"Hiring managers have to be actively partnering with recruiters to not only find candidates but convert top candidates to come work for the company," says Erickson.
Recruiters can also strengthen their bond with hiring managers by learning more about the business they serve. At CareerBuilder, recruiters will often attend a team's quarterly meeting or even sit in on sales calls to get a better sense of how the company works, the presenting styles of the hiring managers and a better insight into the day-to-day work that various jobs entail, says Haefner.
"It's dangerous to allow yourself to get siloed into the world of recruiting," she says. "By getting out in the business world, you'll gain more insight and will be better equipped to build personas of the ideal candidates for a position."
On a more granular level, recruiters without technical backgrounds who are seeking to fill a technical position should ask the hiring manager to point them to a subject-matter expert within the company who can help them in areas such as keyword searches and critical terms, says Eubanks.
"Talking with someone knowledgeable like that can help you sort out the people who are truly qualified from those who are just throwing buzzwords onto their resumes," he says.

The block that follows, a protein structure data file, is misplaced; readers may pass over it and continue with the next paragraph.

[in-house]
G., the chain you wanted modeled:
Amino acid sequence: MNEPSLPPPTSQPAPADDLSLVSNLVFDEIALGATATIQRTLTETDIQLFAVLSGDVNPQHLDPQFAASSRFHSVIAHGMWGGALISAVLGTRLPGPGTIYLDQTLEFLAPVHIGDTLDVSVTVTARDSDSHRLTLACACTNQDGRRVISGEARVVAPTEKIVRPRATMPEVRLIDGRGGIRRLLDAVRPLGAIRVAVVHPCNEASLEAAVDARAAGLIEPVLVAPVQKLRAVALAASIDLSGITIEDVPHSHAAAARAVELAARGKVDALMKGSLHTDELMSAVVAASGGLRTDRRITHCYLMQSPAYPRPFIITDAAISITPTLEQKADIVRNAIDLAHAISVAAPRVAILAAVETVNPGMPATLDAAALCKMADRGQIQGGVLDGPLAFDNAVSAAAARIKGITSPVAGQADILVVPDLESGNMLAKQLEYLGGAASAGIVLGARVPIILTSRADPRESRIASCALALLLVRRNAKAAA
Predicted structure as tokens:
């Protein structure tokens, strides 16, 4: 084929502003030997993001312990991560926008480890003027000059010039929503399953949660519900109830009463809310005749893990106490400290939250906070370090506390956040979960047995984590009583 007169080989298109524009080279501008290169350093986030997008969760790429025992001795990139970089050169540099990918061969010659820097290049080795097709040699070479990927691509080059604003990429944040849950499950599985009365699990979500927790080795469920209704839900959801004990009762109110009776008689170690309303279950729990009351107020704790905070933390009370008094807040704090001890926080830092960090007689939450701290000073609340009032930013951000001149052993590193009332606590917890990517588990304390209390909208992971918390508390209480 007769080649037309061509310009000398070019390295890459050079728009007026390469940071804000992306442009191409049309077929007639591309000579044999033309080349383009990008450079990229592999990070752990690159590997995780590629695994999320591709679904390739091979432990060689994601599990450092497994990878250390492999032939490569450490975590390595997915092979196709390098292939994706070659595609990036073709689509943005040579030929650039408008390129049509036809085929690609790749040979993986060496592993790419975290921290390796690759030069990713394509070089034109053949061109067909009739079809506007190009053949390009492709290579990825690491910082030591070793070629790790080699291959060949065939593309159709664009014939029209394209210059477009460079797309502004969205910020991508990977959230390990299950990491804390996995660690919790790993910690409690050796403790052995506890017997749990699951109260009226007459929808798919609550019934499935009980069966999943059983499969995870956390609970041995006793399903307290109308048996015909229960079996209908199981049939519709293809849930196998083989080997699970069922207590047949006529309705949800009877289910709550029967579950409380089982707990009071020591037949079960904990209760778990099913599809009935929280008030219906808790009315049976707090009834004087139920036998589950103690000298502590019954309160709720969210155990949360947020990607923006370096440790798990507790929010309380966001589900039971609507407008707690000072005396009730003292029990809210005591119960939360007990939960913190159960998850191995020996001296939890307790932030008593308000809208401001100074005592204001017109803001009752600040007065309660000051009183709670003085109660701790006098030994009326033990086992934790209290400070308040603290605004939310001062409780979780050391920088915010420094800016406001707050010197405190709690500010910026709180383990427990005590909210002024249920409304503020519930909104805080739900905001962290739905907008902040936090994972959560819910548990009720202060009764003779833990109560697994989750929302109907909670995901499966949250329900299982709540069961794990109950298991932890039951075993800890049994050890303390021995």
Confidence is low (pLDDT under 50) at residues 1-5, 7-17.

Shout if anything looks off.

Technology shares some of the blame for undermining the recruitment relationship, says Michael Drayer, group vice president for strategy and client services at New York-based Symphony Talent.
"Tech has enabled a lot of bad recruiting," he says. Most technology is designed to only measure whether a candidate meets the baseline qualifications for a job, not whether a person can actually perform well in a given role and is a good fit with a team. The result, says Drayer, has been recruiters presenting hiring managers with candidates who often don't quite measure up. Recruitment tools that incorporate artificial intelligence, he adds, may be part of the solution.
Ultimately, it's worth a recruiter's time to get to know their hiring managers better.
"If a hiring manager can trust the recruiter they're working with to have the same sort of passion and commitment to the position that they do, then they're going to be much more likely to want to work with that person," says Erickson.